Absorbing enough, moving enough, and visually attractive enough to provide a perfectly acceptable night out at the movies.
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Certainly touching, even heart-rending at times, and it mostly steers clear of the didacticism and sentimentality its subject matter often invites. But it never takes the full measure of its modest heroine, and makes her world a bit too small.
Brick Lane has been whittled down from Monica Ali's expansive 2003 novel into a glossy but overly efficient drama that, like Nazneen's husband, is ultimately too ineffectual to make much of a dent.
Well-acted and grounded in reality, Brick Lane is never overly emotional, even when it deals with the days after 9/11.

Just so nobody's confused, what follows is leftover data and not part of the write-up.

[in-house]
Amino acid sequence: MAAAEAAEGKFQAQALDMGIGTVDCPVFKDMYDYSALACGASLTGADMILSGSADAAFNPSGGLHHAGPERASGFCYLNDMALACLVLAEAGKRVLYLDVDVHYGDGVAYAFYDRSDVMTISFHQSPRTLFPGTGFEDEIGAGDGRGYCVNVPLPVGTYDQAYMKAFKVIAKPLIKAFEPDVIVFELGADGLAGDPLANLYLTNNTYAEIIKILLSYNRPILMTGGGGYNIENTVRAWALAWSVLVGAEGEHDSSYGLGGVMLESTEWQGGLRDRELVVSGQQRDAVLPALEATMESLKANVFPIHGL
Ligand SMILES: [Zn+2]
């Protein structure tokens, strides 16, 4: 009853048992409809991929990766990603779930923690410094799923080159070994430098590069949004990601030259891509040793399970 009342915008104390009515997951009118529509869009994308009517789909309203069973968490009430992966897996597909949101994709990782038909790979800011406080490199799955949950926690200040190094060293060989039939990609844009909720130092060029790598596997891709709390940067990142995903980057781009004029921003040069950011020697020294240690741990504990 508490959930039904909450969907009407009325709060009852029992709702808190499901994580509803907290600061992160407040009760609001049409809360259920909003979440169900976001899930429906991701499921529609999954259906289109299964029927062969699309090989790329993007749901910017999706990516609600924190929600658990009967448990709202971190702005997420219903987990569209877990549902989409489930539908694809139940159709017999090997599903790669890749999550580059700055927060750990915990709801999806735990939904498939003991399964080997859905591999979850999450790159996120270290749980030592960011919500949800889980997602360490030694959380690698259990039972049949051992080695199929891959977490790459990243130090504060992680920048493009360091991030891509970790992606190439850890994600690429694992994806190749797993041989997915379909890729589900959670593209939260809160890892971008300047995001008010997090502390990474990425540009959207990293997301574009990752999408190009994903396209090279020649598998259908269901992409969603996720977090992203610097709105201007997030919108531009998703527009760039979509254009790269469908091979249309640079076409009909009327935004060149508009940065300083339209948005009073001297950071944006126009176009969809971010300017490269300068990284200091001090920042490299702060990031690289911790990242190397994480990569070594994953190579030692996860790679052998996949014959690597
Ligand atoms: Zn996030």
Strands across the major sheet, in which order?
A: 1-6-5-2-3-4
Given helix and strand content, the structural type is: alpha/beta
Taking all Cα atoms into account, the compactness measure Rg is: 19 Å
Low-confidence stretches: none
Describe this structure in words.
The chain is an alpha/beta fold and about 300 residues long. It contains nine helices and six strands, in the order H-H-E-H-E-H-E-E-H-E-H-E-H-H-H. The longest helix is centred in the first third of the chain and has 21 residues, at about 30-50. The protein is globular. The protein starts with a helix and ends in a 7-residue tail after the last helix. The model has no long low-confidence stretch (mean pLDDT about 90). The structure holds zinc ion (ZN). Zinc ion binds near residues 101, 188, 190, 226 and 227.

Beautifully acted and written so its themes are touched upon glancingly rather than with full force.
Wraps a sari around the kind of suffering-housewife picture that became a cliché 30 years ago.
Restrained and decorous to a fault.
For most of the movie, we feel as trapped as she does, and the lurching narrative seems anything but novelistic.
Monica Ali's elegant and critically trumpeted debut novel, Brick Lane, about the travails, conflicting emotions and quiet liberation of a Muslim woman in London, is a far lesser thing in its bigscreen transformation.
Brick Lane comes far too late to be groundbreaking, and tries to do too much to be fully coherent, but its talent for avoiding obvious choices on all fronts, narratively and stylistically, make it worth a look.